News (updated 16.9.2022)

  • The slides of the twelfth lecture are available here (recording).
  • A bonus exercise sheet is available here. Please note that these exercises will not be graded and they do not need to be returned.


Lectures Mondays 10:15-12:00 T9/046
Exercises Mondays 12:15-14:00 T9/046
Oral exam Monday August 1, 2022 A6/212
Make-up oral exam Tuesday September 27, 2022 A6/212

Please contact in advance to organize a personal exam appointment.

General information


Mathematical measurement models describe the causal effects of physical systems based on their material properties, initial conditions or other model parameters. In many practical problems, we have measurement data of the outcomes of these so-called "forward models" and we wish to infer the model parameters which caused the observations. This is an inverse problem.

Inverse problems are intrinsically ill-posed: the reconstruction of the unknown quantity may be highly sensitive to noise in the measurements, or a unique solution may not exist. For these reasons, regularization is an essential tool in order to find solutions to inverse problems. In this course, we will consider both deterministic regularization methods and statistical Bayesian inference. We will discuss the main challenges related to inverse problems as well as the main solution techniques.

Target audience

The course is intended for mathematics students at the Master's level.


Multivariable calculus, linear algebra, basic probability theory, and MATLAB (or some other programming language).

Completing the course

Passing the course exam and completing weekly exercises.

Lecture notes

Week 1: Introduction, Fredholm equation and its solvability, truncated SVD (files: recording)
Week 2: Morozov discrepancy principle, Tikhonov regularization, and backward heat equation (files: week2.m)
Week 3: Introduction to X-ray tomography, Landweber-Fridman iteration (files: tomodemo.m)
Week 4: Conjugate gradient method (files: cgdemo.m)
Week 5: Brief introduction to probability theory and Bayes' formula for inverse problems (files: week5.m)
Week 6: Deconvolution example, Bayesian estimators, and well-posedness of Bayesian inverse problems (files: week6.m)
Week 7: Sampling from Gaussian distributions, inverse transform sampling, prior modeling, and the linear Gaussian setting (files: priormodeling.m, week7.m)
Week 8: Small noise limit of the posterior distribution, Monte Carlo, and importance sampling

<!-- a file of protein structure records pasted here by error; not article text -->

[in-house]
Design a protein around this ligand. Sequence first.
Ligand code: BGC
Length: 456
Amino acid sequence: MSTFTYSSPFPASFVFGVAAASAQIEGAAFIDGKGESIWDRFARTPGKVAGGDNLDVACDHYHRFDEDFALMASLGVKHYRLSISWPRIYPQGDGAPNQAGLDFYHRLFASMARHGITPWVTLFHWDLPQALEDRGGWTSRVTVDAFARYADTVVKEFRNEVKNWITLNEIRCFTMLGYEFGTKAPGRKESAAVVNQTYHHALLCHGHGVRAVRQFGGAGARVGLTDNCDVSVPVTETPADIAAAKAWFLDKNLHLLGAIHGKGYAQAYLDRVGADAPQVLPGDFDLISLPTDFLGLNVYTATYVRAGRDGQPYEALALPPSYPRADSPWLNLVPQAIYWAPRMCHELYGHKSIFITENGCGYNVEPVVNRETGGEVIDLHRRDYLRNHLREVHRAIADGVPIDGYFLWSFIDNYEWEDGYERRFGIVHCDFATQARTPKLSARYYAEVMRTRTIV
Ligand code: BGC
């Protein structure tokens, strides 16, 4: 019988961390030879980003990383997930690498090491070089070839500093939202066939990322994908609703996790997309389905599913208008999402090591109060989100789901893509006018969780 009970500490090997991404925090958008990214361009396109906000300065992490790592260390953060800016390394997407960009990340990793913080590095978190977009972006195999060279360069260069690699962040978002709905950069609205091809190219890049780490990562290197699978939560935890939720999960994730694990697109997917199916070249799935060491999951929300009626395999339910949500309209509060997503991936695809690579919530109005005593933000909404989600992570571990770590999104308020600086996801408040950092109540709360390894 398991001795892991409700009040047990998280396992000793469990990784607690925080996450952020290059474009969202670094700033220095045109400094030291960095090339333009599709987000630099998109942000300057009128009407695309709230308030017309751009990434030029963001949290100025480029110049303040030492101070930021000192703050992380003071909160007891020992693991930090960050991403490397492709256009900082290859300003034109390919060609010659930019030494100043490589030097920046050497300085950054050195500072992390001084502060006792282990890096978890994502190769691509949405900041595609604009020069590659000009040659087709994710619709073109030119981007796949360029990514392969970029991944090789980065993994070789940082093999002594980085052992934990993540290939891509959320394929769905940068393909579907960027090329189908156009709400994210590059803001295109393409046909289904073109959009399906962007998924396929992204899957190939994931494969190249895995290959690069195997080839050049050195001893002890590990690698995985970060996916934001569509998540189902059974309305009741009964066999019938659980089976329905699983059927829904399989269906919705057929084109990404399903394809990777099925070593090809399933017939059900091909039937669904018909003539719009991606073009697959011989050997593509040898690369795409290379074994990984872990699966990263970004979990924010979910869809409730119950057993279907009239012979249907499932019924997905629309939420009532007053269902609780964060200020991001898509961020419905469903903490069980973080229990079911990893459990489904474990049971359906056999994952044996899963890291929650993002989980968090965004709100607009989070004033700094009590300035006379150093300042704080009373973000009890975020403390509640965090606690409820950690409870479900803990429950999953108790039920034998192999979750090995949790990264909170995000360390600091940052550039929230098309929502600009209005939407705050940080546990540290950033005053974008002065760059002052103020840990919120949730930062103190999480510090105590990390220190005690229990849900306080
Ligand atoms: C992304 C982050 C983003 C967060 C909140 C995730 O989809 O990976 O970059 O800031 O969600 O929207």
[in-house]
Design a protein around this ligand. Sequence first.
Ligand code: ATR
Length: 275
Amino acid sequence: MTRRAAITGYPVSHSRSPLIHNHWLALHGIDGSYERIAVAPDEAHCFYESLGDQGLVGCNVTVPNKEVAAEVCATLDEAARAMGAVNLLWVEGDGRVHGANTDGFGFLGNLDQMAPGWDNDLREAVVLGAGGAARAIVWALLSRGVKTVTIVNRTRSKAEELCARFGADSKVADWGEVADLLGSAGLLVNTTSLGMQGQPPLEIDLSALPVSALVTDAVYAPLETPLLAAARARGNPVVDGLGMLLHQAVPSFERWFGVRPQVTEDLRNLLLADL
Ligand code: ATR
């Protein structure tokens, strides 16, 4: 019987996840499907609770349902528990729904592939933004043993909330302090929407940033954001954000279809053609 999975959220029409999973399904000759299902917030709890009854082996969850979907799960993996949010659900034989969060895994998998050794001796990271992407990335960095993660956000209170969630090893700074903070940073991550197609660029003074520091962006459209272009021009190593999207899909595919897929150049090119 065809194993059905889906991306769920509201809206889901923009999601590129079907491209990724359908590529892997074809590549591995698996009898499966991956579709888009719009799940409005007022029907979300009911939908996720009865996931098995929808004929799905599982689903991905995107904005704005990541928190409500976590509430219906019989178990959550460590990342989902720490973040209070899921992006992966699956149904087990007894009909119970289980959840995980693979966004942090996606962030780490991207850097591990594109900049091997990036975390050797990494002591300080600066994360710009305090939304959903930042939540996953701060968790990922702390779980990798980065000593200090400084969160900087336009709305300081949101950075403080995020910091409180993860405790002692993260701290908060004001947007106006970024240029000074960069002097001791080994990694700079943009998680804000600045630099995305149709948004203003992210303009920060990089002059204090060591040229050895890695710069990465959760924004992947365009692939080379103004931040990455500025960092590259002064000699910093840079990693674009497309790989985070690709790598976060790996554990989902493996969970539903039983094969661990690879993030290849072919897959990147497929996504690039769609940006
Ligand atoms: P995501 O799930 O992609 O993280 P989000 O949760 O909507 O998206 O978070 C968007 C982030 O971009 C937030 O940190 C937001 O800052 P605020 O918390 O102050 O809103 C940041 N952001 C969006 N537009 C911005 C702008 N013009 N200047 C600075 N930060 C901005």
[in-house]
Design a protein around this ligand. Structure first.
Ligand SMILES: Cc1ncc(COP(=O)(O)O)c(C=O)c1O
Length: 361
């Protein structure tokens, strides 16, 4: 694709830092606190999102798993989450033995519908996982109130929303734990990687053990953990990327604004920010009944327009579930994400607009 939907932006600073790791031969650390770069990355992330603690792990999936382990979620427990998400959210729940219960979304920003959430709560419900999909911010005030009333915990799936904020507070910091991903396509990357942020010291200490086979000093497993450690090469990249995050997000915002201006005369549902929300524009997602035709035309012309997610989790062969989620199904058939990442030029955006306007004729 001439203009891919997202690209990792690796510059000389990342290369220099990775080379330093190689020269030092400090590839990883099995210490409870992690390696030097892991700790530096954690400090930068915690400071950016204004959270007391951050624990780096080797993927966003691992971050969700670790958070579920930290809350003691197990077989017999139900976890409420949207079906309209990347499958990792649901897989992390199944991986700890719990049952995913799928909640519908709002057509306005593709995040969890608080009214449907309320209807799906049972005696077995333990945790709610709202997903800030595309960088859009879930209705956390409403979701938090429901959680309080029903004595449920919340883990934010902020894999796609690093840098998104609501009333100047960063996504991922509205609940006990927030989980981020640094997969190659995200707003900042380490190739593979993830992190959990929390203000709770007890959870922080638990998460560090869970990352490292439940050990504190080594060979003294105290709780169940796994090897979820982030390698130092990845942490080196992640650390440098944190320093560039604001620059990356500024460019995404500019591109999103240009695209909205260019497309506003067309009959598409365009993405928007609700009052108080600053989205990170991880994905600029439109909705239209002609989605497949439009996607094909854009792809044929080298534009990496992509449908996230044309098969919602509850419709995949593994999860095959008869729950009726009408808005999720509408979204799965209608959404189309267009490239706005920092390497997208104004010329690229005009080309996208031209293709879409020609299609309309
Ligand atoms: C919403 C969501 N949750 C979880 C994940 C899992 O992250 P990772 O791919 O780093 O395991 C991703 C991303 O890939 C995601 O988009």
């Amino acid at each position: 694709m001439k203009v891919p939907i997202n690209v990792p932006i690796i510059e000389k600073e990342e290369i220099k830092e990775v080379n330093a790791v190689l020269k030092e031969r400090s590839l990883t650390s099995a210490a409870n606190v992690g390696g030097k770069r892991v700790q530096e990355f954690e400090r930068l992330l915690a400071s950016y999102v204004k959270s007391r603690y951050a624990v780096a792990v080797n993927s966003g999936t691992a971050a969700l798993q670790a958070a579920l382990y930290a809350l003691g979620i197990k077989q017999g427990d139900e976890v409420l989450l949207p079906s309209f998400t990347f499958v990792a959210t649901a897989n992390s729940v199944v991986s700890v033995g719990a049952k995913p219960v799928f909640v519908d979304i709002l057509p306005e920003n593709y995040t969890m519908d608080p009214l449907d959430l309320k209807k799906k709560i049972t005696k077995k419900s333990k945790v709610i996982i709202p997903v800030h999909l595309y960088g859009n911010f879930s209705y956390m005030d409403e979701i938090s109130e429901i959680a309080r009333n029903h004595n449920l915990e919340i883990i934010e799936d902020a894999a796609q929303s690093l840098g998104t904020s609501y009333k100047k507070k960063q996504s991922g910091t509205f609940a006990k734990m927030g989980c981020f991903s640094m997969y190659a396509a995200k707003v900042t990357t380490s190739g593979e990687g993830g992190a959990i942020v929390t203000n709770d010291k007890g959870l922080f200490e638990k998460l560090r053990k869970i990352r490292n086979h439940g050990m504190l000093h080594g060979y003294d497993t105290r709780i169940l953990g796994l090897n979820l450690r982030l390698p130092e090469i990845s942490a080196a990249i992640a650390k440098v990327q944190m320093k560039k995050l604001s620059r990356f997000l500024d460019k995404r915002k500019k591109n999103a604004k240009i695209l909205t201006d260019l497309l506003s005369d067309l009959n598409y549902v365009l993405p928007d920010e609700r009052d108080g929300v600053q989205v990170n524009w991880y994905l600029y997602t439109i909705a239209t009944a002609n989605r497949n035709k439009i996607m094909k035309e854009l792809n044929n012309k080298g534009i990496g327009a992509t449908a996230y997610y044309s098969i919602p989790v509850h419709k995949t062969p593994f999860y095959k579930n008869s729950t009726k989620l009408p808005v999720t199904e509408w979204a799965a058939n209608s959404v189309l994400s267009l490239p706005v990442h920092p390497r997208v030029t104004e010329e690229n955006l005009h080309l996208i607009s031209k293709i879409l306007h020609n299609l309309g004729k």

Week 9: Markov Chain Monte Carlo (files: mh.m, gibbs.m, autocovariance.m)
Week 10: Optimization perspective and Gaussian approximation
Week 11: Brief overview of Bayesian and Kalman filters (files: kfdemo.m)
Week 12: Total variation regularization for X-ray tomography (files: recording, tvdemo.m, sinogram.mat)


Exercise 1
Exercise 2
Exercise 3 (files: week3.mat)
Exercise 4 (files: week3.mat)
Exercise 5
Exercise 6
Exercise 7
Exercise 8
Exercise 9
Exercise 10
Exercise 11 (files: kfdemo.m)
Bonus exercises (files: pde.mat)

Please note that the bonus exercises will not be graded and do not need to be returned.


Dr. Vesa Kaarnioja

Arnimallee 6, Room 212
Consulting hours: By appointment


The course will mainly follow the following texts:

  • J. Kaipio and E. Somersalo (2005). Statistical and Computational Inverse Problems. Springer, New York, NY.
  • D. Sanz-Alonso,  A. M. Stuart, and A. Taeb (2018). Inverse Problems and Data Assimilation.
  • D. Calvetti and E. Somersalo (2007). Introduction to Bayesian Scientific Computing: Ten Lectures on Subjective Computing. Springer, New York, NY.

Further topics:

  • O. P. Le Maître and O. M. Knio. Spectral Methods for Uncertainty Quantification: With Applications to Computational Fluid Dynamics. Scientific Computation. Springer, New York, 2010.
  • R. C. Smith. Uncertainty Quantification: Theory, Implementation, and Applications, volume 12 of Computational Science & Engineering. Society for Industrial and Applied Mathematics (SIAM), Philadelphia, PA, 2014.
  • T. J. Sullivan. Introduction to Uncertainty Quantification. Springer, New York, in press.
  • D. Xiu. Numerical Methods for Stochastic Computations: A Spectral Method Approach. Princeton University Press, Princeton, NJ, 2010.